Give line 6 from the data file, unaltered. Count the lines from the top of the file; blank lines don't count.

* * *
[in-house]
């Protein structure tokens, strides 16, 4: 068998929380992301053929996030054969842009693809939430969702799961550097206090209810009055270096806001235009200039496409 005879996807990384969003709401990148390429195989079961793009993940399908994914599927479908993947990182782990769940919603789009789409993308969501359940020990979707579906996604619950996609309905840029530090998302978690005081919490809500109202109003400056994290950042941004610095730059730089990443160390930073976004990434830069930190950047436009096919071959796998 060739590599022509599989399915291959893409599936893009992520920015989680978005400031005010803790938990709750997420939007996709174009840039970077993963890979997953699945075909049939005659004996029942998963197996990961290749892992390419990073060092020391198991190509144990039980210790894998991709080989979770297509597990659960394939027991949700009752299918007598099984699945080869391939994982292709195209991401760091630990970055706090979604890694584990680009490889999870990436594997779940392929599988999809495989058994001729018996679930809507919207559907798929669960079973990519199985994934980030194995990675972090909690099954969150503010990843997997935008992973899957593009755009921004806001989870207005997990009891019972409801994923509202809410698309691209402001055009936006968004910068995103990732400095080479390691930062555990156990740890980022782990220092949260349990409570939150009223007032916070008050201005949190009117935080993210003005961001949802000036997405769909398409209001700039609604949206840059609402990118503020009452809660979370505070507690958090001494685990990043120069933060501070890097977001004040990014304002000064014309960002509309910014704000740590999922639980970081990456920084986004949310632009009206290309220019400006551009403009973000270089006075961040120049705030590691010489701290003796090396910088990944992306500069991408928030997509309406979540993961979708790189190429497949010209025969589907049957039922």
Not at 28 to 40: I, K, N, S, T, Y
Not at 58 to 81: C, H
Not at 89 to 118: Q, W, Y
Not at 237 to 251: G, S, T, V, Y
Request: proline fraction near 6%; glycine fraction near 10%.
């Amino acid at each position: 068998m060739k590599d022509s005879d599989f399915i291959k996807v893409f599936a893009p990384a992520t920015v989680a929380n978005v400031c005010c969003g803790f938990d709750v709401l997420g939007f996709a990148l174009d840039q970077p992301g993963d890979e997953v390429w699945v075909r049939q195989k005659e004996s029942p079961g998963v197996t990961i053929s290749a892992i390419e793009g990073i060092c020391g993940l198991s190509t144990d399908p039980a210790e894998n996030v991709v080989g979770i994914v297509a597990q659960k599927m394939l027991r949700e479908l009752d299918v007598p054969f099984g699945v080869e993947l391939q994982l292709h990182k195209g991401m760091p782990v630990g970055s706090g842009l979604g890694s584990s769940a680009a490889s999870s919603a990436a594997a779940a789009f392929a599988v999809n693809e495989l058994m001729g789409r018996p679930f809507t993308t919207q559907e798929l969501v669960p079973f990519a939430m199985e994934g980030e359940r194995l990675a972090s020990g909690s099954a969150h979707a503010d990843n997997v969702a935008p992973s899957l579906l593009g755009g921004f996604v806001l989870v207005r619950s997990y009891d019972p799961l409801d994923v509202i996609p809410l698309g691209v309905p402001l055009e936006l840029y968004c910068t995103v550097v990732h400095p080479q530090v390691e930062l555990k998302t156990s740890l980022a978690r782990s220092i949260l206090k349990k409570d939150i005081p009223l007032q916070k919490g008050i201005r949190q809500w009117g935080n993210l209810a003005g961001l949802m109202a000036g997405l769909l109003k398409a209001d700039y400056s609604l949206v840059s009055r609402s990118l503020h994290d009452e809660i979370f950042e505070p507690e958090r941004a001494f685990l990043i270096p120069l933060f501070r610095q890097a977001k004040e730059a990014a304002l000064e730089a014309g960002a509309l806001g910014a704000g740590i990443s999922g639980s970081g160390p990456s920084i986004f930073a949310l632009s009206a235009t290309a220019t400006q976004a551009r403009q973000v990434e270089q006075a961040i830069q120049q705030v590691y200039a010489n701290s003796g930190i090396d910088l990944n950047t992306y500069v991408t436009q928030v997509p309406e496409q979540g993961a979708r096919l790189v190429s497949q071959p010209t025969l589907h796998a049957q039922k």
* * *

Not at 237 to 251: G, S, T, V, Y